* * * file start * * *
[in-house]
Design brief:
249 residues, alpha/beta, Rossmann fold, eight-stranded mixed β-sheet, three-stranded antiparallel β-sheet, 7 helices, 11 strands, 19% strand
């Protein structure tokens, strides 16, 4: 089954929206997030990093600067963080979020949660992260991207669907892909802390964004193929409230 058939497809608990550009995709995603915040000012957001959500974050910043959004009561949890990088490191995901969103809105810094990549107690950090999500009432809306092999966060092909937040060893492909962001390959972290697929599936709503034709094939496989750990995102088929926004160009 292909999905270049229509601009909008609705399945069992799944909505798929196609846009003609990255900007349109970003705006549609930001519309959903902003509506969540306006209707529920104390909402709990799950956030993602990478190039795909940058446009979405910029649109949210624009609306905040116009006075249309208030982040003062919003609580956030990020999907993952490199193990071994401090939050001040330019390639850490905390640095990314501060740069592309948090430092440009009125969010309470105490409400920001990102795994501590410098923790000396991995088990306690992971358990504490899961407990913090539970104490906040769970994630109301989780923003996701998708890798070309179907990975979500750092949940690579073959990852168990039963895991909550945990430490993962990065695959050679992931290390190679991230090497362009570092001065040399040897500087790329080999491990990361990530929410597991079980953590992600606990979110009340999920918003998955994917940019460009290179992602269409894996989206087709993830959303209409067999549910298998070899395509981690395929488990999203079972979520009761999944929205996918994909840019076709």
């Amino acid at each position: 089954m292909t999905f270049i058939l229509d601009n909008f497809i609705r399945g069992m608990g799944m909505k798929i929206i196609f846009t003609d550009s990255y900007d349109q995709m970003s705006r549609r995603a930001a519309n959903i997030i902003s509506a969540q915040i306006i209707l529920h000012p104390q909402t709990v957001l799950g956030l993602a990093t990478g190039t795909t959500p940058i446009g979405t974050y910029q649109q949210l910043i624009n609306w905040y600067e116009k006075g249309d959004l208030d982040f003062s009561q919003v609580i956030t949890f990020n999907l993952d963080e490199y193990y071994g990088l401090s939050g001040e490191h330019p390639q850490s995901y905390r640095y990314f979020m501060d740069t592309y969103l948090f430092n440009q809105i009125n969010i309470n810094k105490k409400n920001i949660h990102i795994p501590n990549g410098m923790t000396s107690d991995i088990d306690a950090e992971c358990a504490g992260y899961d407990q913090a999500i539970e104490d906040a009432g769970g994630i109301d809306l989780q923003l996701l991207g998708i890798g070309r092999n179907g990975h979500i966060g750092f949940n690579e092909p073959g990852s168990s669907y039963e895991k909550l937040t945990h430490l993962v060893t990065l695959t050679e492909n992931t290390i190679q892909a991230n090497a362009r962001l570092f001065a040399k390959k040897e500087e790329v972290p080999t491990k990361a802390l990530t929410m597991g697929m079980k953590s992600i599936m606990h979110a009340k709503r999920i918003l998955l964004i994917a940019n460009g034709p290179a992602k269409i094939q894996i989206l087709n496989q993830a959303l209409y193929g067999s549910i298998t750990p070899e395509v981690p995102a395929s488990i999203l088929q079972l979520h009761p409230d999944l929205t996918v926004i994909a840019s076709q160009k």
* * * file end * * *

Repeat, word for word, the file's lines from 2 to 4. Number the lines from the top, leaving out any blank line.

Design brief:
249 residues, alpha/beta, Rossmann fold, eight-stranded mixed β-sheet, three-stranded antiparallel β-sheet, 7 helices, 11 strands, 19% strand
């Protein structure tokens, strides 16, 4: 089954929206997030990093600067963080979020949660992260991207669907892909802390964004193929409230 058939497809608990550009995709995603915040000012957001959500974050910043959004009561949890990088490191995901969103809105810094990549107690950090999500009432809306092999966060092909937040060893492909962001390959972290697929599936709503034709094939496989750990995102088929926004160009 292909999905270049229509601009909008609705399945069992799944909505798929196609846009003609990255900007349109970003705006549609930001519309959903902003509506969540306006209707529920104390909402709990799950956030993602990478190039795909940058446009979405910029649109949210624009609306905040116009006075249309208030982040003062919003609580956030990020999907993952490199193990071994401090939050001040330019390639850490905390640095990314501060740069592309948090430092440009009125969010309470105490409400920001990102795994501590410098923790000396991995088990306690992971358990504490899961407990913090539970104490906040769970994630109301989780923003996701998708890798070309179907990975979500750092949940690579073959990852168990039963895991909550945990430490993962990065695959050679992931290390190679991230090497362009570092001065040399040897500087790329080999491990990361990530929410597991079980953590992600606990979110009340999920918003998955994917940019460009290179992602269409894996989206087709993830959303209409067999549910298998070899395509981690395929488990999203079972979520009761999944929205996918994909840019076709």